If you ask a sociologist, a marginal man is a person who lives suspended between two cultures. The splintering causes their consciousness to fracture and makes it hard to develop their own identity. (Shout out to the University of Chicago’s human ecologist Robert Ezra Park, who coined the term and was a Booker T. Washington collaborator).
This is not, of course, what Gustavo Elsas and Pedro Fontes of Brazilian bass and baile funk duo Marginal Men named themselves after. They had just returned from a European tour when they spoke with Remezcla, ready to talk about they many worlds they walk in. But they actually got their inspiration from the 1980s Washington D.C. hardcore group of the same name. Elsas used to play in a hardcore band, and after teaming up with Fontes repeatedly for B2B sets during the early days of their recently canceled bass party Wobble, found himself thinking about the D.C. band’s power while the duo was picking out the term that would define them.
But the sociology nerd connection is real, if only because Elsas and Fontes find themselves at a cultural crossroads. They have been selected by the world, along with peers like MC Bin Laden, to be some of the ambassadors of baile funk, a genre that started on the dance floors and streets of the favelas near where they grew up in Rio de Janeiro.
Geography represents another bridge between two worlds in which Elsas and Fontes have thrived. The two moved to São Paulo years ago, enough time to be a part of a number of parties based around a growing scene of bass and baile funk artists who interweave the genres for club audiences. They joke that before committing to the move, their real home was the five-hour bus ride on Via Dutra, the highway that connects Rio and São Paulo.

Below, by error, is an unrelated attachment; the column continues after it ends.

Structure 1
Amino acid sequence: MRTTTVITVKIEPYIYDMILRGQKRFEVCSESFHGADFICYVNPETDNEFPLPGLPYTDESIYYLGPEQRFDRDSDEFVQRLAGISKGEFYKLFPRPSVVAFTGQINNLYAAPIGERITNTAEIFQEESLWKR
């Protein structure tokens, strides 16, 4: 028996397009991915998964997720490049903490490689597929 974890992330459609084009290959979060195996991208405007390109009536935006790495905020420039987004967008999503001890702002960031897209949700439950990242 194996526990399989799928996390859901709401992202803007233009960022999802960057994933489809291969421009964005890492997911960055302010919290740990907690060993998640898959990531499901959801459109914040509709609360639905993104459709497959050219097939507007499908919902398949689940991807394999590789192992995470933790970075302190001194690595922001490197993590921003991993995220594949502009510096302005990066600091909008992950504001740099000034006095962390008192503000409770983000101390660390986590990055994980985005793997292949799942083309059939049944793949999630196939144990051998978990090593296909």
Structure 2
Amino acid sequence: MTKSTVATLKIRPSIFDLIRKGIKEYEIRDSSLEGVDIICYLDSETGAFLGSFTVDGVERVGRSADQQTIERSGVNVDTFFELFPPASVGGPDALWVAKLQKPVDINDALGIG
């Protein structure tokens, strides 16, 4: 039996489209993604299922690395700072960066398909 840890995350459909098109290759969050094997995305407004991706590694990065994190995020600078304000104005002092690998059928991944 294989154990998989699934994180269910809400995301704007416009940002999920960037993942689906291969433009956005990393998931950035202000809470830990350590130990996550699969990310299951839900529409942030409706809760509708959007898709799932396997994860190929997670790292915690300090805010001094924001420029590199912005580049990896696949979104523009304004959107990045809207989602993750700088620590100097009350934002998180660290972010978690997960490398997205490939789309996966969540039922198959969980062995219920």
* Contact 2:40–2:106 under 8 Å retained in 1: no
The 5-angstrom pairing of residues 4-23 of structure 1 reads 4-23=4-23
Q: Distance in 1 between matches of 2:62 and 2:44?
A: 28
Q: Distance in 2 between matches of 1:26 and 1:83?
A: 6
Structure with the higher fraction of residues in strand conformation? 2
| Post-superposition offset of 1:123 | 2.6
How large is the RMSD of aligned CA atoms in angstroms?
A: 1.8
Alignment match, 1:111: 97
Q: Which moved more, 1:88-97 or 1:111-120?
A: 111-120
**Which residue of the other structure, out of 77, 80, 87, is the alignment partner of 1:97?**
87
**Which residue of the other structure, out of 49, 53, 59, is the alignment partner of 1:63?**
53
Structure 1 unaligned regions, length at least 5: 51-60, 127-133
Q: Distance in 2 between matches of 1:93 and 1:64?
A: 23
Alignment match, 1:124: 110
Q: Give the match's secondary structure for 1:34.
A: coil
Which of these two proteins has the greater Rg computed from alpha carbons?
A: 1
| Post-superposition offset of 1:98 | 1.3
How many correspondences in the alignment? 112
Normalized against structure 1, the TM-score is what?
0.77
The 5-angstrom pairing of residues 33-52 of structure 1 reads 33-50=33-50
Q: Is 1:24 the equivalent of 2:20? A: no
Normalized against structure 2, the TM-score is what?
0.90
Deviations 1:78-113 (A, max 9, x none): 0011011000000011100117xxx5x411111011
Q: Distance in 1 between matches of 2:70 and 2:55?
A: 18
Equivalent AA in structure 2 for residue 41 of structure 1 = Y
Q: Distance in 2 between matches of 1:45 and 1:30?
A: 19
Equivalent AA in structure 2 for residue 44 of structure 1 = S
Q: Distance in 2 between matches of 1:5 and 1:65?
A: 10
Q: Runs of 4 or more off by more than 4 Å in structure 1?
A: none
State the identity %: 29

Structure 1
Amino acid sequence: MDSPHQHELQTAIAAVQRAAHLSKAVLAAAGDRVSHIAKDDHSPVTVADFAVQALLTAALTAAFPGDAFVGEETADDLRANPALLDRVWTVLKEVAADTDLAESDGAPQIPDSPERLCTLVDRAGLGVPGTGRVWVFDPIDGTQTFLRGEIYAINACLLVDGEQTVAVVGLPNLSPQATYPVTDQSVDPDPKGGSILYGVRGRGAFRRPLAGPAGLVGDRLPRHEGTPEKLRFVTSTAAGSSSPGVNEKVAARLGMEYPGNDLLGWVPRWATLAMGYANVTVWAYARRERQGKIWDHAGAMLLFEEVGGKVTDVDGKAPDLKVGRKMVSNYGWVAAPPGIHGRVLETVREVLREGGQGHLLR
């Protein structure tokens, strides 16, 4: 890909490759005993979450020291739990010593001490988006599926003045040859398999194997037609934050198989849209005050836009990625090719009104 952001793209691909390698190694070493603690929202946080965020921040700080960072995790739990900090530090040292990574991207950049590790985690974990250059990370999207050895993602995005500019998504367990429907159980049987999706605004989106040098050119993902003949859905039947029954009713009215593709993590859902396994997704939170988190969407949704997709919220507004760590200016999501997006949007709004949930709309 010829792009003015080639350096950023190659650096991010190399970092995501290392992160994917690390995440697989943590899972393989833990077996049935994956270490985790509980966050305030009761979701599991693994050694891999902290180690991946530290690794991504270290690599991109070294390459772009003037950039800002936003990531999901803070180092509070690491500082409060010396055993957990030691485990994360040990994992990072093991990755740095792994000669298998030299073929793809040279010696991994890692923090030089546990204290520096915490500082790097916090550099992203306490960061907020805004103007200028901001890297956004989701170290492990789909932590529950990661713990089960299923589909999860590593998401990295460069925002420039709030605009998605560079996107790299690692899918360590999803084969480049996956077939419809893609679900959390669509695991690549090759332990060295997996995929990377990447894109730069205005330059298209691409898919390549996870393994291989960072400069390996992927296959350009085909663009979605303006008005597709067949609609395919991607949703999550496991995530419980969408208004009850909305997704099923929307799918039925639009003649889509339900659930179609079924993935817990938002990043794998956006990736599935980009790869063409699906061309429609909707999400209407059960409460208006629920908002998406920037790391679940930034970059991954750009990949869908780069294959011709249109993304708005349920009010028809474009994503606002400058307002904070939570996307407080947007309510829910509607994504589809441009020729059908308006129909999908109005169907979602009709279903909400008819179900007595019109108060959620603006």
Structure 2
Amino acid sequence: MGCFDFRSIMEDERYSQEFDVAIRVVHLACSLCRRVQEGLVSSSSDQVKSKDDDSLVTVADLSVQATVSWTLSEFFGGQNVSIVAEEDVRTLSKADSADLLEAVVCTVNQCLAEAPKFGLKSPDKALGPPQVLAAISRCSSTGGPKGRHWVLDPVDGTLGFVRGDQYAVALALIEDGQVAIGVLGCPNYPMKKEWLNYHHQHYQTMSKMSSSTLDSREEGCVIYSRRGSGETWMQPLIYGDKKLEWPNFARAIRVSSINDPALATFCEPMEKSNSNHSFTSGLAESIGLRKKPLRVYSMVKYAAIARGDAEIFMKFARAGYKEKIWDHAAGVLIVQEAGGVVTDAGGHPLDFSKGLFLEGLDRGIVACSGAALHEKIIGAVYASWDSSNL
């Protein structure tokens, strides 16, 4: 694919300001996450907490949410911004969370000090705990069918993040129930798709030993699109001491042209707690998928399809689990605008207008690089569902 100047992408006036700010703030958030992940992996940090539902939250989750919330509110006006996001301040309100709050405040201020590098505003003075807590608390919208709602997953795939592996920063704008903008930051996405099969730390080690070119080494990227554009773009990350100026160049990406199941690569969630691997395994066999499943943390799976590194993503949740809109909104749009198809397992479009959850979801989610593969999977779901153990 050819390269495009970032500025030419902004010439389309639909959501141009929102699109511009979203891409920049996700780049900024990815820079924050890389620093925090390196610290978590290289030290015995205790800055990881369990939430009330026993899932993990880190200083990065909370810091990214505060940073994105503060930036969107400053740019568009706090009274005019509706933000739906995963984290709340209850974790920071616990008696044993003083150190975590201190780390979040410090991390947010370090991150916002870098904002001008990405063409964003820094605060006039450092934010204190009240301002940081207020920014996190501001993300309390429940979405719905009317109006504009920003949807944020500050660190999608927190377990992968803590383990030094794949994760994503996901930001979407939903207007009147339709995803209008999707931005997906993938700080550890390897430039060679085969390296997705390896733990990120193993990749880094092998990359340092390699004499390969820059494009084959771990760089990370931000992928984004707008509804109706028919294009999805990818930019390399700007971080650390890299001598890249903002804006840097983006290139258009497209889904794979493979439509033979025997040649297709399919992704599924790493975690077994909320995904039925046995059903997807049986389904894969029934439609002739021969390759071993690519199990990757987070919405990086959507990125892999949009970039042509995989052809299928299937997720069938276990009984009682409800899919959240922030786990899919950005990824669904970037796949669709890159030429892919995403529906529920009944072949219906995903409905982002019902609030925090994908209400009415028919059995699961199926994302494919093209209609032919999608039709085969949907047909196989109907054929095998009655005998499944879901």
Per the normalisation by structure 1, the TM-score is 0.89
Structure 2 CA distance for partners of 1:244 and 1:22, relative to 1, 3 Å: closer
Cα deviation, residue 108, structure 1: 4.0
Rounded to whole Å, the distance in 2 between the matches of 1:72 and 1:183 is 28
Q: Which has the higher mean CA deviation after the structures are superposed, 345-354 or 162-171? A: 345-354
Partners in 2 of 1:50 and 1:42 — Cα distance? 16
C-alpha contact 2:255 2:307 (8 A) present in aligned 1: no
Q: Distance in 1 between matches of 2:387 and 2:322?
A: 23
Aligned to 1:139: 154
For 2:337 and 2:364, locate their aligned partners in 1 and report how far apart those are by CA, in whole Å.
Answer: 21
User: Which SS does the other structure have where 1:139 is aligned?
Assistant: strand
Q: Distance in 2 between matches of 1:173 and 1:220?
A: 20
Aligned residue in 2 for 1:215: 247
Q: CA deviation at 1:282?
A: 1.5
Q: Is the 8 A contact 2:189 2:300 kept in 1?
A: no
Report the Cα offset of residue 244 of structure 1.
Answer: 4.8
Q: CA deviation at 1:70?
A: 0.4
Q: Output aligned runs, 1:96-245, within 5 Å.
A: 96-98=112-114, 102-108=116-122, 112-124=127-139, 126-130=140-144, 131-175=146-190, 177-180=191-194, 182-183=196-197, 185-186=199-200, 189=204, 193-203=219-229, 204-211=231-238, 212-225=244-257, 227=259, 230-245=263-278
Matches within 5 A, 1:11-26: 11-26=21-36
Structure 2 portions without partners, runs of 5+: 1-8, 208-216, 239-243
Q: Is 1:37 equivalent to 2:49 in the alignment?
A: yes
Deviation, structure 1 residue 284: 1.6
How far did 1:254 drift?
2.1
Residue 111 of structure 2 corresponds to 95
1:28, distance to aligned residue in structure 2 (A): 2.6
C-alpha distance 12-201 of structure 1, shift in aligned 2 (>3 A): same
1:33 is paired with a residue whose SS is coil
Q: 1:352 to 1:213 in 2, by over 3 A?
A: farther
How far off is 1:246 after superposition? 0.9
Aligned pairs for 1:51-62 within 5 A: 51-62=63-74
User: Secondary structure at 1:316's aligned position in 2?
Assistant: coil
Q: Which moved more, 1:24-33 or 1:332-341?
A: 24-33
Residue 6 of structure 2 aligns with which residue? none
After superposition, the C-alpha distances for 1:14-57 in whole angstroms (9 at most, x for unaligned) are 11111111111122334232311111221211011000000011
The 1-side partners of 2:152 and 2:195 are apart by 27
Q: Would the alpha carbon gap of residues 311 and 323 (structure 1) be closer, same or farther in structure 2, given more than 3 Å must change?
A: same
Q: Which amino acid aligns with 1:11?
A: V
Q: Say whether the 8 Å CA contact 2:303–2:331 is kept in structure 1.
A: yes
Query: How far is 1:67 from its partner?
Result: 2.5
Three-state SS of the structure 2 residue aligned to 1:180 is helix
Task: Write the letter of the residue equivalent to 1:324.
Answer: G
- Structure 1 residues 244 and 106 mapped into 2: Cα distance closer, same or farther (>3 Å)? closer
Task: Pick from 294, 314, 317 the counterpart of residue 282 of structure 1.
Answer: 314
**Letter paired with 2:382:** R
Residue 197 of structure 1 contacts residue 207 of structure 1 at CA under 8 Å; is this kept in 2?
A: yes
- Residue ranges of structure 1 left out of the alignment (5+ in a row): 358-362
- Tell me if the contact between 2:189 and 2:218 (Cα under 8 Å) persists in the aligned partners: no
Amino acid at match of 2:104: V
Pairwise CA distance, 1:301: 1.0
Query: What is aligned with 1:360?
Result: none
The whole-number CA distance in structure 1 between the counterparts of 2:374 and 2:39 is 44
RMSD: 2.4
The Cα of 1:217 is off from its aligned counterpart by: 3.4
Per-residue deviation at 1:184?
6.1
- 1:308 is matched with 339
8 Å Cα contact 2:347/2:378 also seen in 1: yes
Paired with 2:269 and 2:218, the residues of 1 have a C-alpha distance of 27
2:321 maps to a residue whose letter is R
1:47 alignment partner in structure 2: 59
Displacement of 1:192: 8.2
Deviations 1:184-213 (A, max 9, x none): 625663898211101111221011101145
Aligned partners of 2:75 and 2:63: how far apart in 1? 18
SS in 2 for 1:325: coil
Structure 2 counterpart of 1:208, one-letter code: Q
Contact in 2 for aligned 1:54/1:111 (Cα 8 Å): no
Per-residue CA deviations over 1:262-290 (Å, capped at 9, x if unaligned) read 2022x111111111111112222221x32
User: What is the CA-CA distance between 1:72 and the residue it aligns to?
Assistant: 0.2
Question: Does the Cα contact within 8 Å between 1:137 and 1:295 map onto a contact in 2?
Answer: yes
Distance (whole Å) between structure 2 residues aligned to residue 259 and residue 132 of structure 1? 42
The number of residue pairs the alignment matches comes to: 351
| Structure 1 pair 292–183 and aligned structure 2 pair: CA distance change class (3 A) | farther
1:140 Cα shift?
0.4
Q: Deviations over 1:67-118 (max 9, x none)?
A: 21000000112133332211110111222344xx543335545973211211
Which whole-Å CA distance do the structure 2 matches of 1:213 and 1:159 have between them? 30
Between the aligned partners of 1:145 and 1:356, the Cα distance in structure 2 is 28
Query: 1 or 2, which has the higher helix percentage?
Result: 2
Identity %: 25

How does Marginal Men communicate the cultural legacy of baile funk?
Marginal Men return to gig in Rio often. During the Summer Olympics, they threw a fifth anniversary party for Wobble at Aterro do Flamengo, a sprawling oceanside city park. It was good to be home. “But, to be honest,” Pedro says. “The city had a sinister vibe. It was under military occupation. Police and armed services where everywhere. They were there to protect the trademarks, to confiscate material from people selling [non-sponsored] beer on the streets, to keep the protests out of the way.”
The duo is pretty adamant that DJ-dependent baile funk occupies a spot in the panorama of electronic music. For proof that this is true, one need only return to Wobble, which Gustavo started with Rodrigo S. and Fabio Heinz a year before Pedro came to live in Rio for good and joined the crew. Besides hosting some of the country’s top talent like MC Bin Laden, DJ Marky, and Omulu, Wobble was responsible for bringing big names in electronic music to Rio audiences; Pearson Sound was the first foreign DJ to play the party, followed by Branko, footwork legend DJ Rashad, DJ Spinn, and others.